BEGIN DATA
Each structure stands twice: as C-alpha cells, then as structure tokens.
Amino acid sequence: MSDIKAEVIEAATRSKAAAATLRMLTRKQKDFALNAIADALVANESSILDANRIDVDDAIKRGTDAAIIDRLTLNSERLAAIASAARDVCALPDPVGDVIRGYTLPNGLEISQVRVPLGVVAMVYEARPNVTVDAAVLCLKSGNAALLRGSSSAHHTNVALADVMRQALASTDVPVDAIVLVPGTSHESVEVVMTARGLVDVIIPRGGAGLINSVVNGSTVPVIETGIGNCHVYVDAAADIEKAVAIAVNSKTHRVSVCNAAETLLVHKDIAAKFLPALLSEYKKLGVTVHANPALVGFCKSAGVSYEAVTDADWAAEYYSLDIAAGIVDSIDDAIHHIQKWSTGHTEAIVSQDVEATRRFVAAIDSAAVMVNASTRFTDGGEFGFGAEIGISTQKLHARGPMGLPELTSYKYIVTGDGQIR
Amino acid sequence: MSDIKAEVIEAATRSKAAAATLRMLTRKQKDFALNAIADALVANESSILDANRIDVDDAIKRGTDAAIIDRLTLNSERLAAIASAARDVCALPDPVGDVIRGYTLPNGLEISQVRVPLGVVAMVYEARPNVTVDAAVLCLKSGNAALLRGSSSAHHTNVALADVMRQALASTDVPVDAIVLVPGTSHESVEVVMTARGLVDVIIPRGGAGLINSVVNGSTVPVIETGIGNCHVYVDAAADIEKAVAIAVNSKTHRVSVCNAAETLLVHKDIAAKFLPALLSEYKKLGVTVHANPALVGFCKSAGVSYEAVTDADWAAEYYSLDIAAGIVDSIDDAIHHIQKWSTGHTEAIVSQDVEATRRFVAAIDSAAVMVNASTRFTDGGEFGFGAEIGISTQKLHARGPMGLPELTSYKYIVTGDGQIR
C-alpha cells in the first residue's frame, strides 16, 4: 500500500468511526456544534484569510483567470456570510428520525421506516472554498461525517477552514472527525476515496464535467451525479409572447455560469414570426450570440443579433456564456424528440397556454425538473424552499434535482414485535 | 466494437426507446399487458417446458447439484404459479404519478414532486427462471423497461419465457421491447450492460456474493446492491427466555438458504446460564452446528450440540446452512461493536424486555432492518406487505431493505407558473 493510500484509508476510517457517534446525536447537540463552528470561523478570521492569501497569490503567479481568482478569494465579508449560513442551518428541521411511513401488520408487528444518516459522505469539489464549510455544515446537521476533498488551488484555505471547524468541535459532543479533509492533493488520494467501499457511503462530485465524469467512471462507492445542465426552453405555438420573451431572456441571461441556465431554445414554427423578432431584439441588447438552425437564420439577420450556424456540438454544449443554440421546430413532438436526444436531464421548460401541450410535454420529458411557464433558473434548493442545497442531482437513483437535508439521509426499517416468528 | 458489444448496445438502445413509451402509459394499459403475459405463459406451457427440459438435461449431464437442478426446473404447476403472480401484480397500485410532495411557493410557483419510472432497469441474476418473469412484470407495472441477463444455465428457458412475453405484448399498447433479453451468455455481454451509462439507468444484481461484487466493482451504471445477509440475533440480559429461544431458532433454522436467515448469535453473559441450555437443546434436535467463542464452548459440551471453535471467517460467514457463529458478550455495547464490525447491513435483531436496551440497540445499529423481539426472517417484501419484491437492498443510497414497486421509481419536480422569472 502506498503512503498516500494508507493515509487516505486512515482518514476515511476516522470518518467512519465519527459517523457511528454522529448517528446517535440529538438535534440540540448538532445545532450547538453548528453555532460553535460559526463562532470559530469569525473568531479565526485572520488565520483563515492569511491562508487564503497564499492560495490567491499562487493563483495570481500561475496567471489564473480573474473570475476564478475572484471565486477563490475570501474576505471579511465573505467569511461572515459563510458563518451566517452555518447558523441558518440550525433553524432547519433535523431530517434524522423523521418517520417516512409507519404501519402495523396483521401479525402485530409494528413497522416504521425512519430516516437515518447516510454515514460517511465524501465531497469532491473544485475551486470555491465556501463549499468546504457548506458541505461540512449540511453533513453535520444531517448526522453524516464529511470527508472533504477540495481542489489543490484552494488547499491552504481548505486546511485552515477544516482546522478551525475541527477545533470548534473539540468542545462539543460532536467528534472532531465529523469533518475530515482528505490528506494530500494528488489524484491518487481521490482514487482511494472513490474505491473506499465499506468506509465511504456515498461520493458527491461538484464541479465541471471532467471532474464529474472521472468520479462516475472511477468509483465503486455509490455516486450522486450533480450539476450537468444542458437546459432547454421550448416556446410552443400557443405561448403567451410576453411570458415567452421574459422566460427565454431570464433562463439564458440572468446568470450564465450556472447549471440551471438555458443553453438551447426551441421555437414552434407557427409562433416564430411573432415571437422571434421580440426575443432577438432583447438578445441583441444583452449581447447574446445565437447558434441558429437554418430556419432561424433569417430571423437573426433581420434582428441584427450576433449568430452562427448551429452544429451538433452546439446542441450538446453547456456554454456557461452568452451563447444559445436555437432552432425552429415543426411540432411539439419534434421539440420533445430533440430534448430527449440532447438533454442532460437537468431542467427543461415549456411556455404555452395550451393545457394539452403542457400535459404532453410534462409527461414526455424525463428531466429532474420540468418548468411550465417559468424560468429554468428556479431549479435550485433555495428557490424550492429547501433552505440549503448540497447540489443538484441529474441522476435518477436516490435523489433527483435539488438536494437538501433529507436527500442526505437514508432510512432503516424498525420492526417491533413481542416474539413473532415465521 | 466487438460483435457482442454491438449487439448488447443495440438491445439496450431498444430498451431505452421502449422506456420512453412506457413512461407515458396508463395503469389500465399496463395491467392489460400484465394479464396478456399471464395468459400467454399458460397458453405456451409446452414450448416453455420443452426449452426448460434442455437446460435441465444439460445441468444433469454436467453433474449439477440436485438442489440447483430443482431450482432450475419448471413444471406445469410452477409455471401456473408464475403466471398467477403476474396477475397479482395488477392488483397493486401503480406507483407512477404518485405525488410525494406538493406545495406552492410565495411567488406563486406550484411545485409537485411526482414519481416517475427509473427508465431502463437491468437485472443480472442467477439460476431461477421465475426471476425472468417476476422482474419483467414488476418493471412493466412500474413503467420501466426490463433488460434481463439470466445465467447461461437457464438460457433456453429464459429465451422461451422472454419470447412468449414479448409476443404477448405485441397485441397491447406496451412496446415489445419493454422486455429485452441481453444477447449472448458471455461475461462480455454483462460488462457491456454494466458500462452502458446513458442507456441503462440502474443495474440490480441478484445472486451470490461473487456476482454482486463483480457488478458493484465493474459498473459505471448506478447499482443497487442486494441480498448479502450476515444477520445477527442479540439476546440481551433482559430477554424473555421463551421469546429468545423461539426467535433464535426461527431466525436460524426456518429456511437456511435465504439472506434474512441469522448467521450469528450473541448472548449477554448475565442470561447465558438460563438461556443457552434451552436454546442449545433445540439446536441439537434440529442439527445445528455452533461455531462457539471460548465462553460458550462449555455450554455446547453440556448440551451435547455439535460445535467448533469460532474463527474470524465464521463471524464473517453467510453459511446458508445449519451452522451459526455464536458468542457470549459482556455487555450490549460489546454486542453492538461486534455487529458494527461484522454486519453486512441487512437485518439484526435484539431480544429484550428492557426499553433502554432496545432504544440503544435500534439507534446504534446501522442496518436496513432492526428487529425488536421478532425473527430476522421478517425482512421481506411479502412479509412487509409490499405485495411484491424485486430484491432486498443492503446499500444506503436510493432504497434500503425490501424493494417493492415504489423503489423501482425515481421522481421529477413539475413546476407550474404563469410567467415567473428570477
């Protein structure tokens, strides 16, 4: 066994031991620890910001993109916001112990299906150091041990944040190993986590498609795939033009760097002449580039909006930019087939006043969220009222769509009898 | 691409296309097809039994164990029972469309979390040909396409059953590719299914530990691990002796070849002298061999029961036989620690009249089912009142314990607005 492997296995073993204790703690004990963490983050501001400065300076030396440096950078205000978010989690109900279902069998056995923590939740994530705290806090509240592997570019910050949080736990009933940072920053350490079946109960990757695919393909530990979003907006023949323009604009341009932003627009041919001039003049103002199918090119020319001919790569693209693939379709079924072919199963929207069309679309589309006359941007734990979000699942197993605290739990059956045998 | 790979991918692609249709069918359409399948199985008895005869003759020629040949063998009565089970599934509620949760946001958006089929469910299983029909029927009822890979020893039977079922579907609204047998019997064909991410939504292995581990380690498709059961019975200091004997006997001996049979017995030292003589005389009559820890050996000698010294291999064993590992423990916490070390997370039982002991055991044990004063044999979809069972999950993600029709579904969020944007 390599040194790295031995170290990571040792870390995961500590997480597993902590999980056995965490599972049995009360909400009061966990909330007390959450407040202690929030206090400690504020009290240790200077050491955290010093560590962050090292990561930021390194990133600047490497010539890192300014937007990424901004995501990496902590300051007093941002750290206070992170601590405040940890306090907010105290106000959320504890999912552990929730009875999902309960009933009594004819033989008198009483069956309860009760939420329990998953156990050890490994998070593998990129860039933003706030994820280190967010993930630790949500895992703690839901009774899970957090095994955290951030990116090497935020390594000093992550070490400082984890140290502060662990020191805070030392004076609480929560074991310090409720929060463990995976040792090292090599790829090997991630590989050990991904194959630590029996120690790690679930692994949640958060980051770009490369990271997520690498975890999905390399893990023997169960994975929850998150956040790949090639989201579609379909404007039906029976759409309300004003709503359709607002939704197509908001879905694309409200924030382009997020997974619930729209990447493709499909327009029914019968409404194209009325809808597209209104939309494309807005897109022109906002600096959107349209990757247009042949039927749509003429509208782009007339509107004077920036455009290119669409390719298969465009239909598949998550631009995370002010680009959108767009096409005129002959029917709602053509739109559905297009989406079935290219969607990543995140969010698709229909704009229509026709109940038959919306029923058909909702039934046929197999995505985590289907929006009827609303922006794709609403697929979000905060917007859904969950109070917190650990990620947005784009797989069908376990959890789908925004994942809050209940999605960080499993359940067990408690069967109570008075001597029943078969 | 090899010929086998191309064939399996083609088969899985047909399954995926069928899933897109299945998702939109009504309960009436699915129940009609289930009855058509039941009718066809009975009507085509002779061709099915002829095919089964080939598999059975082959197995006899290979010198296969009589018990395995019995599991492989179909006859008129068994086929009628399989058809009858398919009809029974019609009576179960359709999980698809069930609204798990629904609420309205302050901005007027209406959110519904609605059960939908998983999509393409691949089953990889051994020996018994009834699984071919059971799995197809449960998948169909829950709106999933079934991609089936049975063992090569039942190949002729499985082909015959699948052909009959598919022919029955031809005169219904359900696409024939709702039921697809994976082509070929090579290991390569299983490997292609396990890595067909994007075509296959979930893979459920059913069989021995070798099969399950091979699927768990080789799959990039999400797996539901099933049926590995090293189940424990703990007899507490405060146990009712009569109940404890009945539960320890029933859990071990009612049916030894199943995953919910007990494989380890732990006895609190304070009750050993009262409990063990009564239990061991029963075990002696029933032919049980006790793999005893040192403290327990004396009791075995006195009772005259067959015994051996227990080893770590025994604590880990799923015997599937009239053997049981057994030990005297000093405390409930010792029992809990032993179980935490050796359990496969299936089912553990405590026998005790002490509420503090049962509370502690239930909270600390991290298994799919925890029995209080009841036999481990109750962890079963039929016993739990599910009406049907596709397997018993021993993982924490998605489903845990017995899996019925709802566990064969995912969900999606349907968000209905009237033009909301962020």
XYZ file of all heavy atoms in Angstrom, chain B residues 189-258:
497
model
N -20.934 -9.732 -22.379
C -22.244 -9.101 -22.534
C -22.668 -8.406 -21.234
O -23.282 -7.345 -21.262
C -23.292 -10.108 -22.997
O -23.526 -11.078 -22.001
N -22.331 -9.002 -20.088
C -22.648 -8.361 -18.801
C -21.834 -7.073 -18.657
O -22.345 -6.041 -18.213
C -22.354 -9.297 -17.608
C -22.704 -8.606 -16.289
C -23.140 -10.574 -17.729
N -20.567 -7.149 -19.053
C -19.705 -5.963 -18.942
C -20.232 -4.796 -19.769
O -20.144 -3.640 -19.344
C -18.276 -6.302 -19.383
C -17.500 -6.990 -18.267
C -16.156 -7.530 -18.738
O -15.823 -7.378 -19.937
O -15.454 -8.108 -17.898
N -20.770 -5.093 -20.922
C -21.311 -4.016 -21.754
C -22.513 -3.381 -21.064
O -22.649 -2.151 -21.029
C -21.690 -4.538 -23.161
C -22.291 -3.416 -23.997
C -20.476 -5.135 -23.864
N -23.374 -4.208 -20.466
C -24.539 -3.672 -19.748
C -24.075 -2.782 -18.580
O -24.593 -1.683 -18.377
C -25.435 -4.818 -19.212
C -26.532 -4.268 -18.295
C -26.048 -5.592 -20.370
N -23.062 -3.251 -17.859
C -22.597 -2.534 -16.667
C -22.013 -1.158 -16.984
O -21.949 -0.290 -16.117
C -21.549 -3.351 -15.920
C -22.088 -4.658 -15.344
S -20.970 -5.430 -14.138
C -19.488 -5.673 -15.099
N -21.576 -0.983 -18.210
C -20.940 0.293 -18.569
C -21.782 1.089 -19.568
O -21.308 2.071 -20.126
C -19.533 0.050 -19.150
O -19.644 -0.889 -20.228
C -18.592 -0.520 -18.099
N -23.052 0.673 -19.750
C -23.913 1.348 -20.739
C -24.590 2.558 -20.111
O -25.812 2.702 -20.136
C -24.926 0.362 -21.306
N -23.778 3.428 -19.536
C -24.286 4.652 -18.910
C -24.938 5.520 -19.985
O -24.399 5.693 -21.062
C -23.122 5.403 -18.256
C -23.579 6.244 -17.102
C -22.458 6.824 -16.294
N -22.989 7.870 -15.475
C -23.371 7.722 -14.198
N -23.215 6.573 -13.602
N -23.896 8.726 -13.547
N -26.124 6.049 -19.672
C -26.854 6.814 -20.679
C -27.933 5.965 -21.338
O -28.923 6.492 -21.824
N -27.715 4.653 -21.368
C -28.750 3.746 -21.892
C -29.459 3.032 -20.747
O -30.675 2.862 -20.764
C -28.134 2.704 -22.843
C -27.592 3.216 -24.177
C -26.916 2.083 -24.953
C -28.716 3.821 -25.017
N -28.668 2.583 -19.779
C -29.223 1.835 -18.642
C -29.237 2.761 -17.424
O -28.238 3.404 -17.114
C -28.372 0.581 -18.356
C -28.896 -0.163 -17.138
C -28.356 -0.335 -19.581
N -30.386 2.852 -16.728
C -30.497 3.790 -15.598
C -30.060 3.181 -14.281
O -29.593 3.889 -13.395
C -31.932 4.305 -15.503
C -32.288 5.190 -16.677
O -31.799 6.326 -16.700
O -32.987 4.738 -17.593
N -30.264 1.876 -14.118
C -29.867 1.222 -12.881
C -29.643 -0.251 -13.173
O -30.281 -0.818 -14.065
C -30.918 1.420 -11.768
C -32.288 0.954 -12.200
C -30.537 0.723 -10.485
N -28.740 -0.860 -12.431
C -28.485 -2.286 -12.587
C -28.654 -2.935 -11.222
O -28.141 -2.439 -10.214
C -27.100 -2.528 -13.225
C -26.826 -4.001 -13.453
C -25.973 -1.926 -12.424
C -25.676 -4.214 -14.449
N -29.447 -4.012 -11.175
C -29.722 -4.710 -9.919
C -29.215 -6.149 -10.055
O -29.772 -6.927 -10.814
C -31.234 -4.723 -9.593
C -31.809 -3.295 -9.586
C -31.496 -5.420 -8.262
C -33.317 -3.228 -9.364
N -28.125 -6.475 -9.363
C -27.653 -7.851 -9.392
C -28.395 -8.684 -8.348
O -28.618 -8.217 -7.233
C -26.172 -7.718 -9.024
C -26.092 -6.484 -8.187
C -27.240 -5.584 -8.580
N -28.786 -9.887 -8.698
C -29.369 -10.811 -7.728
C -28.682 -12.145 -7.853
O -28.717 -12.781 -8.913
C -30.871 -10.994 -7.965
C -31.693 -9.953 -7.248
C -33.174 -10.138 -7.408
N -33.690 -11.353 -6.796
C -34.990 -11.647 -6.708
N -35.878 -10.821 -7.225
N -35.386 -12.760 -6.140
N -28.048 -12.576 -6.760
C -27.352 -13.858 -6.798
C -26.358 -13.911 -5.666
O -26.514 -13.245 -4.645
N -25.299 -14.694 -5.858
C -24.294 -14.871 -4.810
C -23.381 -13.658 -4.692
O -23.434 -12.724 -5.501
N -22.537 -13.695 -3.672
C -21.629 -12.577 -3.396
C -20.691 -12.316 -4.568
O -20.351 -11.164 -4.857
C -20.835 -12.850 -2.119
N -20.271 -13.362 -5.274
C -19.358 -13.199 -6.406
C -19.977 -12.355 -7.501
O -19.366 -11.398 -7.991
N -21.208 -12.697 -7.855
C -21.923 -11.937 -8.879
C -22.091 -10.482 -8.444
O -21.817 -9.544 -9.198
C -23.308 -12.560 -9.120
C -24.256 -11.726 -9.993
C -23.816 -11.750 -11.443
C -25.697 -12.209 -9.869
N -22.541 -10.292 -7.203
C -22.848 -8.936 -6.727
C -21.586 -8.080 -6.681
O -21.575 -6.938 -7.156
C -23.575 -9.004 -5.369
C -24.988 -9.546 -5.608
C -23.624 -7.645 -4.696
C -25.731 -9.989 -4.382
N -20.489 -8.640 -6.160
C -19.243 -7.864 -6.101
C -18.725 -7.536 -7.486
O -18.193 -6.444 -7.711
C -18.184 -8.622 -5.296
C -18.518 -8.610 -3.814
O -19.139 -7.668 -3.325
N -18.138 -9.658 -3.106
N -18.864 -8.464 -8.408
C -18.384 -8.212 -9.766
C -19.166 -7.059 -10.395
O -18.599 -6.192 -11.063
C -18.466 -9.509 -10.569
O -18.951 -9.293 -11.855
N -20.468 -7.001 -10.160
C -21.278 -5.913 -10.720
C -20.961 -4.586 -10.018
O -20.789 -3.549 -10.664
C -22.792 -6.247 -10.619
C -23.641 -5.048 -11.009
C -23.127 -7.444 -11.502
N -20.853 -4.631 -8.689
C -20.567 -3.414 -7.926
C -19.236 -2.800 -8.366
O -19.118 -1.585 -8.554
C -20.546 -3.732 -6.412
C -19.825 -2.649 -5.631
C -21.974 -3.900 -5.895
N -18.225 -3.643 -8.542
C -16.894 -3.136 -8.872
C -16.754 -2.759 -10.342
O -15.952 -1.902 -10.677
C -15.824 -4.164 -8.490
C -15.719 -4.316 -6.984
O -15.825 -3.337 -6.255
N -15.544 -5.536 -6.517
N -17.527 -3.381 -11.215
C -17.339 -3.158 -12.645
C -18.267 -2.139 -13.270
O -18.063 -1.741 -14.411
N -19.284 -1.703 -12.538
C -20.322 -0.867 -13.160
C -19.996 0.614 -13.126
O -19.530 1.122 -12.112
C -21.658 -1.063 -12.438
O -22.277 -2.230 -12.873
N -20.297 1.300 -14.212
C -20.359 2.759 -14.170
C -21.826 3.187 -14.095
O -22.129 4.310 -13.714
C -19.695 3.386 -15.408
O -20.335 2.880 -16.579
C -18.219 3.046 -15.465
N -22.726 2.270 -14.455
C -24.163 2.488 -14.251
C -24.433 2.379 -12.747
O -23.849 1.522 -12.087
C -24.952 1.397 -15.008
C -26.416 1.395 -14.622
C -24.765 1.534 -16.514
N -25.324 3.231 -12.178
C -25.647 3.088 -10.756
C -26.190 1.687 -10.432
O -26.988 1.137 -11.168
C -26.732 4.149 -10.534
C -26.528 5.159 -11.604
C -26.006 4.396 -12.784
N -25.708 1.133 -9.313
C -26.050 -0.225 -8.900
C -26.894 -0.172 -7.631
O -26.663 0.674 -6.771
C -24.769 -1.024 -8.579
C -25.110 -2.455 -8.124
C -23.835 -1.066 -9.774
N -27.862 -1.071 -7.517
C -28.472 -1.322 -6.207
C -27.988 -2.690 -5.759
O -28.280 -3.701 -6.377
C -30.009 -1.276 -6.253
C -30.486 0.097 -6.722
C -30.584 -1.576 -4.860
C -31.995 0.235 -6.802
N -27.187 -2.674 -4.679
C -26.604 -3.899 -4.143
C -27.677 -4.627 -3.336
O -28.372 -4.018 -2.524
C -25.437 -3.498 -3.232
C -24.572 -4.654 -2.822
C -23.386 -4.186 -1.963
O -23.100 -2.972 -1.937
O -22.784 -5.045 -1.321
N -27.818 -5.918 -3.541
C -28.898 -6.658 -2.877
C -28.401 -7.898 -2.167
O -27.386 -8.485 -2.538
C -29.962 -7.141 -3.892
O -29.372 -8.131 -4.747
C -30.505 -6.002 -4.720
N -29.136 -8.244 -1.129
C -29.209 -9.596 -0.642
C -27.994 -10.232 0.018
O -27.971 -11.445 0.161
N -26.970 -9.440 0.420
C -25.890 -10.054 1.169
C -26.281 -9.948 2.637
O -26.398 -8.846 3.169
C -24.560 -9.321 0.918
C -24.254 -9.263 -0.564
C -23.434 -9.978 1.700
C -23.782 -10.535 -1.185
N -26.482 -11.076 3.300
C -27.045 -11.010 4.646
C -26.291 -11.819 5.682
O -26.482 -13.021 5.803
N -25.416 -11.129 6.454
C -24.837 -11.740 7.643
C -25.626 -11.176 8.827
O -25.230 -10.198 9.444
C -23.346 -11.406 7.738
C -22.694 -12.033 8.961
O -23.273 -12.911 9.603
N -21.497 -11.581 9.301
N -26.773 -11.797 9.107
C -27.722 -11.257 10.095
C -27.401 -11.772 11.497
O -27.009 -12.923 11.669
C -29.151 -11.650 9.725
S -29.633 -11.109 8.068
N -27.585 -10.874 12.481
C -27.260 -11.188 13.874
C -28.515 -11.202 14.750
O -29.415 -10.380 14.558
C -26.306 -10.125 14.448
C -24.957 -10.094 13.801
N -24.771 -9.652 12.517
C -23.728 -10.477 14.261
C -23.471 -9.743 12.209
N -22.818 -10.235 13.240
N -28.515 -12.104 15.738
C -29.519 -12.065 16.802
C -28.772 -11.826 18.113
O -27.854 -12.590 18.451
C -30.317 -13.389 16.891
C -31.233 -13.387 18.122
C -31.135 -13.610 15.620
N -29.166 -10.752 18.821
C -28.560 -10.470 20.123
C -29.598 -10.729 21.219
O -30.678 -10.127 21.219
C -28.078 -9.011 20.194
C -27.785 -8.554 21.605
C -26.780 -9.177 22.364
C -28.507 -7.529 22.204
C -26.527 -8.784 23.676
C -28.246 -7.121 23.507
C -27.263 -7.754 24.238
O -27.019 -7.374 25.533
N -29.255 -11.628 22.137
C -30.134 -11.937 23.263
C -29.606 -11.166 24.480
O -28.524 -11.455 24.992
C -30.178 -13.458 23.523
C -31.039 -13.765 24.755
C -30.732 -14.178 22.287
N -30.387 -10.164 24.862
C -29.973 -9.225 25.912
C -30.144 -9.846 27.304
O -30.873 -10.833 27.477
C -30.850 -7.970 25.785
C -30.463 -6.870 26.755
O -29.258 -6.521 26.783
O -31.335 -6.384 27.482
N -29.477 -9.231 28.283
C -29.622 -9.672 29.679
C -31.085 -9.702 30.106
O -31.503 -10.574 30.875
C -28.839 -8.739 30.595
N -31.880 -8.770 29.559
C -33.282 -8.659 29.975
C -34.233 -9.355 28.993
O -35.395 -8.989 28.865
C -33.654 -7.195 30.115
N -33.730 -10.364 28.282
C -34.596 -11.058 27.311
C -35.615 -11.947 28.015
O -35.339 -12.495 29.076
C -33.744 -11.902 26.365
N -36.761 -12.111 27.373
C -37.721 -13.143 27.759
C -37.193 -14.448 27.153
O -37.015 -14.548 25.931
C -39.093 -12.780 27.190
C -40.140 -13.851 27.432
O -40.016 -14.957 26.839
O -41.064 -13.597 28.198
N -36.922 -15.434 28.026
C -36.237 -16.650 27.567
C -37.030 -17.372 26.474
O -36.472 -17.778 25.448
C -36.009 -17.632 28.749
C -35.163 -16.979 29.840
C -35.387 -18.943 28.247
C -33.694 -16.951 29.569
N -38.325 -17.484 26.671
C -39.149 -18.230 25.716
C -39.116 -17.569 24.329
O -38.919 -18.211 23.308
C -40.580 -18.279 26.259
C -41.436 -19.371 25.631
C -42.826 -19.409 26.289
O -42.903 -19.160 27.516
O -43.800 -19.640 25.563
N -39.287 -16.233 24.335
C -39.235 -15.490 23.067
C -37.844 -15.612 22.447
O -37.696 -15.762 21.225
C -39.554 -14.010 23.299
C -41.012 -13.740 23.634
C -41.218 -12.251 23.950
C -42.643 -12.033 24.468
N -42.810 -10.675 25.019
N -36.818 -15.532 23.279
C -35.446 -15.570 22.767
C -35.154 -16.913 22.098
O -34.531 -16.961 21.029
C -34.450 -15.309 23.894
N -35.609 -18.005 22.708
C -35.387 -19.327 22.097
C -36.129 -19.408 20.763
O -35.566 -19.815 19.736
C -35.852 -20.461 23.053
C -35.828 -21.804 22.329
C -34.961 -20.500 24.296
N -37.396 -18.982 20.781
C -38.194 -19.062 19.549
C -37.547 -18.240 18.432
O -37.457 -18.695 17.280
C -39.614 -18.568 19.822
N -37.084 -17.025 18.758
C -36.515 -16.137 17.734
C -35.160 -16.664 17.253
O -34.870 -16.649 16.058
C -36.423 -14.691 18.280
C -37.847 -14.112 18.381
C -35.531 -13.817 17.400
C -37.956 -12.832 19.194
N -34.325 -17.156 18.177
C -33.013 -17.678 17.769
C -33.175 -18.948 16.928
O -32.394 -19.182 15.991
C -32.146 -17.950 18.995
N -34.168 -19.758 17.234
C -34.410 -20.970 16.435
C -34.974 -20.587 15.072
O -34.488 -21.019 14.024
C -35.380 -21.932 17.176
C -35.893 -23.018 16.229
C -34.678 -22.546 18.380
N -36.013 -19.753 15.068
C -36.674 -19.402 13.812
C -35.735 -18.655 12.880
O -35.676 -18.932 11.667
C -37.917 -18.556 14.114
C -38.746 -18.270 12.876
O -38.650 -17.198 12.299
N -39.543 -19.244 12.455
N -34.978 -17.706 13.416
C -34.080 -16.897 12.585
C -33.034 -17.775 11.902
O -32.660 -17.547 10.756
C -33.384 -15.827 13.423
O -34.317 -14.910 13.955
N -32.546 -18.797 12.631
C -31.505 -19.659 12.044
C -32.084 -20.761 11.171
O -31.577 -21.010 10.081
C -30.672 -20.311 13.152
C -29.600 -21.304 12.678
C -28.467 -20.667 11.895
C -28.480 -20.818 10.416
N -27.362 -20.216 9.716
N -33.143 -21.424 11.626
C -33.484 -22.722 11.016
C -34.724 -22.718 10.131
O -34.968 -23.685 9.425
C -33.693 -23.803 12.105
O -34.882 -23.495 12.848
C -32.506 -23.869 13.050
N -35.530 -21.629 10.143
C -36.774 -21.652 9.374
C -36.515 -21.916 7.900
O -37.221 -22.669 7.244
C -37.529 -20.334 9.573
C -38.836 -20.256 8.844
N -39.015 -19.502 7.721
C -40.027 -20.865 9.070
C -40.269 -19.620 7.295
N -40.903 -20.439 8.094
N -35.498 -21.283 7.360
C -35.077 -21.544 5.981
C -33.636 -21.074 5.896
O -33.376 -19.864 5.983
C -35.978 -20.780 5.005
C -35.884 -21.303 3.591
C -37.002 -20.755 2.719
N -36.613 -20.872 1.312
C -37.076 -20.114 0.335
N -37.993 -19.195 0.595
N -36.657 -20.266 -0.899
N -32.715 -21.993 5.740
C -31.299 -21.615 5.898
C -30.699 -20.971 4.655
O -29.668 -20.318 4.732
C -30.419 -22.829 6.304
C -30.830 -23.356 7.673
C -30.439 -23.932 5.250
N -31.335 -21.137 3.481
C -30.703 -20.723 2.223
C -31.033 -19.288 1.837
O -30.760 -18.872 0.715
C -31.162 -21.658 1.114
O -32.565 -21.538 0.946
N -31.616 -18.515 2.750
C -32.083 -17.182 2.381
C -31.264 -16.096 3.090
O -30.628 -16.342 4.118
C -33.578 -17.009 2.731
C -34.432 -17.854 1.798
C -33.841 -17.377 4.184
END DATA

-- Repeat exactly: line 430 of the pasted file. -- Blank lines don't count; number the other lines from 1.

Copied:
C -34.974 -20.587 15.072